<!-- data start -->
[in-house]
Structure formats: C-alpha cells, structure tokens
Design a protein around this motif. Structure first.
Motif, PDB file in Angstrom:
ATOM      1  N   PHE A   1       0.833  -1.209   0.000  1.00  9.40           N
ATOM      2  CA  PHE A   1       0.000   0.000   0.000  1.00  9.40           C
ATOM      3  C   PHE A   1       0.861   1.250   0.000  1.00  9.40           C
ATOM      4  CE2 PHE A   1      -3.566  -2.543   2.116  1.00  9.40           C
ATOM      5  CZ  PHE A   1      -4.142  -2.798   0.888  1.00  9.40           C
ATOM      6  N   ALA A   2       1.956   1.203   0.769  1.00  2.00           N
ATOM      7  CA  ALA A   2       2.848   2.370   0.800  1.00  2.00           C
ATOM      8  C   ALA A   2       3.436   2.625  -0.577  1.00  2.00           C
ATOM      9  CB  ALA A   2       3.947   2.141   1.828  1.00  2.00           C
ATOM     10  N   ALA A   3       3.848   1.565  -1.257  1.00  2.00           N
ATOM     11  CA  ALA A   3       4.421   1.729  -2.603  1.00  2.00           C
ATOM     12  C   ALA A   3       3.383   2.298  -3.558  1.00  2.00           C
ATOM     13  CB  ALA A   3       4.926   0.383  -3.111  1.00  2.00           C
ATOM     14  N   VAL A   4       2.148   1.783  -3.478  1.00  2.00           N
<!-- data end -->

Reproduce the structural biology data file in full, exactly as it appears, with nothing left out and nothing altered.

[in-house]
Structure formats: C-alpha cells, structure tokens
Design a protein around this motif. Structure first.
Motif, PDB file in Angstrom:
ATOM      1  N   PHE A   1       0.833  -1.209   0.000  1.00  9.40           N
ATOM      2  CA  PHE A   1       0.000   0.000   0.000  1.00  9.40           C
ATOM      3  C   PHE A   1       0.861   1.250   0.000  1.00  9.40           C
ATOM      4  CE2 PHE A   1      -3.566  -2.543   2.116  1.00  9.40           C
ATOM      5  CZ  PHE A   1      -4.142  -2.798   0.888  1.00  9.40           C
ATOM      6  N   ALA A   2       1.956   1.203   0.769  1.00  2.00           N
ATOM      7  CA  ALA A   2       2.848   2.370   0.800  1.00  2.00           C
ATOM      8  C   ALA A   2       3.436   2.625  -0.577  1.00  2.00           C
ATOM      9  CB  ALA A   2       3.947   2.141   1.828  1.00  2.00           C
ATOM     10  N   ALA A   3       3.848   1.565  -1.257  1.00  2.00           N
ATOM     11  CA  ALA A   3       4.421   1.729  -2.603  1.00  2.00           C
ATOM     12  C   ALA A   3       3.383   2.298  -3.558  1.00  2.00           C
ATOM     13  CB  ALA A   3       4.926   0.383  -3.111  1.00  2.00           C
ATOM     14  N   VAL A   4       2.148   1.783  -3.478  1.00  2.00           N